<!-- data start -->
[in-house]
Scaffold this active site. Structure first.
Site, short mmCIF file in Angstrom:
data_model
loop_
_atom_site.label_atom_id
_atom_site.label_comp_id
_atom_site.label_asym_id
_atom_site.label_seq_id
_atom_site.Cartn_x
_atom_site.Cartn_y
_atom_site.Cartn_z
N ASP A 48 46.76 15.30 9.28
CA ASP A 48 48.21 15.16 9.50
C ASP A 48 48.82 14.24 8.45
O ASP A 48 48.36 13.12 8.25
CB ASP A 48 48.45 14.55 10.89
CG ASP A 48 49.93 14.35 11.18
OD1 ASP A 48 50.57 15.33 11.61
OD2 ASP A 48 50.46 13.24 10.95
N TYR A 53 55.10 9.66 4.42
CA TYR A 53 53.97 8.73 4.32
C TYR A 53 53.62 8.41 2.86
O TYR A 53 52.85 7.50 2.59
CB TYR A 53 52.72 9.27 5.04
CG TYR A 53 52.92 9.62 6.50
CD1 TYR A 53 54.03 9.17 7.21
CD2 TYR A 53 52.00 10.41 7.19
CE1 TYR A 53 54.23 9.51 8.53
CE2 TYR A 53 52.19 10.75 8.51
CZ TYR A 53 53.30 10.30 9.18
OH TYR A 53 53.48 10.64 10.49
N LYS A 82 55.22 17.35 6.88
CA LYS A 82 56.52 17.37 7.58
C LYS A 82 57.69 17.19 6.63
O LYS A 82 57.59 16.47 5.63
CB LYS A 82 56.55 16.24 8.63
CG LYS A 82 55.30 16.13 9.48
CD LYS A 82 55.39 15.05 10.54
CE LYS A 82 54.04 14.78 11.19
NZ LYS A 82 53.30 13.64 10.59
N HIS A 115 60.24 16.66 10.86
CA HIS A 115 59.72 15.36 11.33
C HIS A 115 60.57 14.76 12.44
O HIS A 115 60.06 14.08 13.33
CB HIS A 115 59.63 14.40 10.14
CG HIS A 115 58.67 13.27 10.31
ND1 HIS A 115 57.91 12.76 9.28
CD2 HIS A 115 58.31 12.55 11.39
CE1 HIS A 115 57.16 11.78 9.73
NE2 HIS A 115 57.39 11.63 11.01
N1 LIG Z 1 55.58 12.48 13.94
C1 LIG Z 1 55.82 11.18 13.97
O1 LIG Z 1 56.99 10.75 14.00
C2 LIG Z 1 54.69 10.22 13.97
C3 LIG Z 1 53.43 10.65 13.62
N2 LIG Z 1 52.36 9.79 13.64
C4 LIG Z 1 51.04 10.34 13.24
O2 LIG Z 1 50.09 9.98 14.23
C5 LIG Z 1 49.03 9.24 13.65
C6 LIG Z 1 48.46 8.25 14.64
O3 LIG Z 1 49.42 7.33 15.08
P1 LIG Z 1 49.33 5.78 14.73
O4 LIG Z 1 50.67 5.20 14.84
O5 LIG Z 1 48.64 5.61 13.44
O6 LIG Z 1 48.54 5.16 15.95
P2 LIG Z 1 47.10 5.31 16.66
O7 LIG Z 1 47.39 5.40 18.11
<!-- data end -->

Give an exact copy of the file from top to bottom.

[in-house]
Scaffold this active site. Structure first.
Site, short mmCIF file in Angstrom:
data_model
loop_
_atom_site.label_atom_id
_atom_site.label_comp_id
_atom_site.label_asym_id
_atom_site.label_seq_id
_atom_site.Cartn_x
_atom_site.Cartn_y
_atom_site.Cartn_z
N ASP A 48 46.76 15.30 9.28
CA ASP A 48 48.21 15.16 9.50
C ASP A 48 48.82 14.24 8.45
O ASP A 48 48.36 13.12 8.25
CB ASP A 48 48.45 14.55 10.89
CG ASP A 48 49.93 14.35 11.18
OD1 ASP A 48 50.57 15.33 11.61
OD2 ASP A 48 50.46 13.24 10.95
N TYR A 53 55.10 9.66 4.42
CA TYR A 53 53.97 8.73 4.32
C TYR A 53 53.62 8.41 2.86
O TYR A 53 52.85 7.50 2.59
CB TYR A 53 52.72 9.27 5.04
CG TYR A 53 52.92 9.62 6.50
CD1 TYR A 53 54.03 9.17 7.21
CD2 TYR A 53 52.00 10.41 7.19
CE1 TYR A 53 54.23 9.51 8.53
CE2 TYR A 53 52.19 10.75 8.51
CZ TYR A 53 53.30 10.30 9.18
OH TYR A 53 53.48 10.64 10.49
N LYS A 82 55.22 17.35 6.88
CA LYS A 82 56.52 17.37 7.58
C LYS A 82 57.69 17.19 6.63
O LYS A 82 57.59 16.47 5.63
CB LYS A 82 56.55 16.24 8.63
CG LYS A 82 55.30 16.13 9.48
CD LYS A 82 55.39 15.05 10.54
CE LYS A 82 54.04 14.78 11.19
NZ LYS A 82 53.30 13.64 10.59
N HIS A 115 60.24 16.66 10.86
CA HIS A 115 59.72 15.36 11.33
C HIS A 115 60.57 14.76 12.44
O HIS A 115 60.06 14.08 13.33
CB HIS A 115 59.63 14.40 10.14
CG HIS A 115 58.67 13.27 10.31
ND1 HIS A 115 57.91 12.76 9.28
CD2 HIS A 115 58.31 12.55 11.39
CE1 HIS A 115 57.16 11.78 9.73
NE2 HIS A 115 57.39 11.63 11.01
N1 LIG Z 1 55.58 12.48 13.94
C1 LIG Z 1 55.82 11.18 13.97
O1 LIG Z 1 56.99 10.75 14.00
C2 LIG Z 1 54.69 10.22 13.97
C3 LIG Z 1 53.43 10.65 13.62
N2 LIG Z 1 52.36 9.79 13.64
C4 LIG Z 1 51.04 10.34 13.24
O2 LIG Z 1 50.09 9.98 14.23
C5 LIG Z 1 49.03 9.24 13.65
C6 LIG Z 1 48.46 8.25 14.64
O3 LIG Z 1 49.42 7.33 15.08
P1 LIG Z 1 49.33 5.78 14.73
O4 LIG Z 1 50.67 5.20 14.84
O5 LIG Z 1 48.64 5.61 13.44
O6 LIG Z 1 48.54 5.16 15.95
P2 LIG Z 1 47.10 5.31 16.66
O7 LIG Z 1 47.39 5.40 18.11